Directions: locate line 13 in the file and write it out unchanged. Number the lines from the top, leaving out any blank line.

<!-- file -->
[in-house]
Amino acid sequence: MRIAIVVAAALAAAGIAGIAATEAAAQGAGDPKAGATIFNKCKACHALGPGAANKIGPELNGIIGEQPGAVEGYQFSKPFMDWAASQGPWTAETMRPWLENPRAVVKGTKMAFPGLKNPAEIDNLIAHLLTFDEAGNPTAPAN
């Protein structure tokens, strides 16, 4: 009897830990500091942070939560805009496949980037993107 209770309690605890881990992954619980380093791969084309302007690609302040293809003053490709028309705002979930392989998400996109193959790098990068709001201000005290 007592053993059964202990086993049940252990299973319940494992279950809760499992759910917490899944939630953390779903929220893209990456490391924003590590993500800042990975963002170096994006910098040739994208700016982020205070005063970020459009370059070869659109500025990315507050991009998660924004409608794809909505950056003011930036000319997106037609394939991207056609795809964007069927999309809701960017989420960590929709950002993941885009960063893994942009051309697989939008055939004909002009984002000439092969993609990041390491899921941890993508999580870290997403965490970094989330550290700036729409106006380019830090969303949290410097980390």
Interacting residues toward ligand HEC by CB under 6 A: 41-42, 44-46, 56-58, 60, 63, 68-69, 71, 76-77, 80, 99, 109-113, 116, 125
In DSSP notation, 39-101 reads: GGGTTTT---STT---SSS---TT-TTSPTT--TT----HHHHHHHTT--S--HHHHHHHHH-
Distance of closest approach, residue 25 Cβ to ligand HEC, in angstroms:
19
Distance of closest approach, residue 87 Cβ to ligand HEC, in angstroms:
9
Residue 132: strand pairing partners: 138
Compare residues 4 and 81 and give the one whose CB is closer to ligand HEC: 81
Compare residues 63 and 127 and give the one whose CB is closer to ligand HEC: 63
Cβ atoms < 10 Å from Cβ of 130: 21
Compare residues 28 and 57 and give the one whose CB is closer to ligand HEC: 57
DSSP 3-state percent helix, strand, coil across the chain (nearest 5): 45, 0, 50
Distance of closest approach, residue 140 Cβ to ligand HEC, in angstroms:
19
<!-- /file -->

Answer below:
Cβ atoms < 10 Å from Cβ of 130: 21